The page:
I would like to hear your own criticism before I endeavor to describe how I have reconciled this with A. Prior's argument for a REAL time based on objective observation and the dimensionality of space-time.

-M.S.

ZapperZ said...

1. If time is an illusion, then so is space. If everyone AGREES with that, then I have zero problem. It is when they pick on time, but ignores space (which has the SAME issue as time if one looks at it carefully) that I find to be inconsistent.

2. I don't quite understand your example. The fact that there is an ORDERED event appears more to support my argument that this isn't an illusion. The very fact that, in many arguments, the arrow of time is an essential part of various descriptions (example: entropy) makes for an interesting consideration. If time is an illusion, so are many of these principles. Again, if one wants to argue that, yes, these principles are also an illusion, then we can all go home and sleep in peace.

My most fundamental argument is to look at the various fundamental constants. Not look at proposed theories that still can't or haven't been verified yet, but what we have NOW, TODAY. Considering that the speed of light is defined to be EXACT (see CODATA and NIST standards for how this is defined), then the fact that it requires the knowledge of space (a distance traveled) within a period of time (the time it has traveled), then I want to hear an argument on why one can somehow get away with arguing that something within the most fundamental constant that we have is actually nothing more than a mirage that we see on a hot pavement!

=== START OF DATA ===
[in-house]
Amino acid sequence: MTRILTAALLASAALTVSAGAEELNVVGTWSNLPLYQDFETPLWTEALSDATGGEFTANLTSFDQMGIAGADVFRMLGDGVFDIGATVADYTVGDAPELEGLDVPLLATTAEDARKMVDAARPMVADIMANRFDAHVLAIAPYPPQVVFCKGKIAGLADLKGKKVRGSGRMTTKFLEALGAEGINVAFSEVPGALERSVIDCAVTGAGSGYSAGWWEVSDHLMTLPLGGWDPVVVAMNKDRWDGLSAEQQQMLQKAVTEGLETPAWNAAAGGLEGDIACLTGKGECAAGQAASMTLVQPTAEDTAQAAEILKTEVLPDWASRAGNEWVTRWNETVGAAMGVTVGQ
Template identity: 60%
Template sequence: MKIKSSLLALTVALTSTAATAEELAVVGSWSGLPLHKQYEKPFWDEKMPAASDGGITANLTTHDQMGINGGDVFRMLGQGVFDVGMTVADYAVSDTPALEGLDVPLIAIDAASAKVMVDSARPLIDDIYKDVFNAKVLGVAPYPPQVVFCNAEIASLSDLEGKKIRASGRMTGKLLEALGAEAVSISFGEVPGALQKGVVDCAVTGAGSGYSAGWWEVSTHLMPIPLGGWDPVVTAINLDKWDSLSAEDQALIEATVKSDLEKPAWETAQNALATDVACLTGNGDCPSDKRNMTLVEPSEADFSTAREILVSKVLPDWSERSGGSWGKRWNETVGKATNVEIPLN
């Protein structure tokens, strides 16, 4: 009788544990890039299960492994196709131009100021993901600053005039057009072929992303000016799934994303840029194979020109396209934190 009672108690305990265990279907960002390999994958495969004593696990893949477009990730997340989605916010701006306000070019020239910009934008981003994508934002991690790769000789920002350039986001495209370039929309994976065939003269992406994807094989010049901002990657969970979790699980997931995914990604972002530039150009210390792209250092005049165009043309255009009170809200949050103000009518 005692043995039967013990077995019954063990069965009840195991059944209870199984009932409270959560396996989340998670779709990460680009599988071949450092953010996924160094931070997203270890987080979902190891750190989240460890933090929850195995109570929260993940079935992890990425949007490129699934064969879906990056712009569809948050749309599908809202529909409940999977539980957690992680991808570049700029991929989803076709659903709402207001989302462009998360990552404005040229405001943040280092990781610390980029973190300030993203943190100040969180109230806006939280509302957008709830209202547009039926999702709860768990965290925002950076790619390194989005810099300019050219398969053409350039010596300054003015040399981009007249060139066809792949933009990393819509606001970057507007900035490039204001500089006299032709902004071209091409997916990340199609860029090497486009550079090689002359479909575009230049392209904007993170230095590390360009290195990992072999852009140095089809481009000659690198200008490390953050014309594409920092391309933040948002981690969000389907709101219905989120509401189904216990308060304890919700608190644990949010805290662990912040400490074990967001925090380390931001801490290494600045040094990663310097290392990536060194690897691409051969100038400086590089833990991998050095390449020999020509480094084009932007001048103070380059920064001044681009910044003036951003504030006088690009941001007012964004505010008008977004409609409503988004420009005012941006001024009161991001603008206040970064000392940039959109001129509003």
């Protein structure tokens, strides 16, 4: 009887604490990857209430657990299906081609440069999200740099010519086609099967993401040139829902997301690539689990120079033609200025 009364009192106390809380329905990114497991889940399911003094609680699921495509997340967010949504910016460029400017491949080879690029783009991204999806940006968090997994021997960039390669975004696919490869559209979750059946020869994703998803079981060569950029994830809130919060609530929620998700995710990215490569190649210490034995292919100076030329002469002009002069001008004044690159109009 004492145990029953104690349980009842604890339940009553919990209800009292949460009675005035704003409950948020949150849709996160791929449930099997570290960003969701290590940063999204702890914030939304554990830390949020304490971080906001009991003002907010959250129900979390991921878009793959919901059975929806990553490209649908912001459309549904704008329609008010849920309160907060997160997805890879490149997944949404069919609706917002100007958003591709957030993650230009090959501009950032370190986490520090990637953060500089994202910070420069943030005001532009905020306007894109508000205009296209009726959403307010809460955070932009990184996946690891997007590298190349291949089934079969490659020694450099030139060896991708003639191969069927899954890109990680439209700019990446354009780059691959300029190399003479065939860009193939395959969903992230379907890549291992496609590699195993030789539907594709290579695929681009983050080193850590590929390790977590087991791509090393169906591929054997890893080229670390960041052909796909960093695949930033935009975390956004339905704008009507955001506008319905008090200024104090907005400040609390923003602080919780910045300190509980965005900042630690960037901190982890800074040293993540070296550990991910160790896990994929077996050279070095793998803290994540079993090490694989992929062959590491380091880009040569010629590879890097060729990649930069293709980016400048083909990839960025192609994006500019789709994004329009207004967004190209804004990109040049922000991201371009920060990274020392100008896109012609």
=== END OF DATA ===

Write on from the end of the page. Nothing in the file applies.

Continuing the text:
When was the last time you depended your life on an illusion?

Zz.

Squiptryx said...

You write that the "time is an illusion" rubbish is based "philosophical" arguments. This is misleading (and insulting) since there is no accepted body of work in philosophy that supports this absurd idea. It is true that some people in philosophy do advance absurd ideas, but, although the idiot ratio may indeed be higher in philosophy than it is in science, there are idiots in science also. What appears to be happening here is is a logical discussion, and logic belongs to science and philosophy equally.

Squiptryx said...

To put it more succinctly, philosophers do not say that time is an illusion. People who lack the ability to reason carefully say that. With some notable exceptions, philosophers tend to be people selected for their ability to reason carefully and to understand the meaning of that they are saying.

Mr G said...

perhaps we should be focusing on space-time as there is no such thing as just time. this may help in understanding the illusion aspect of time, which is a valid consideration and should not be treated lightly.

ZapperZ said...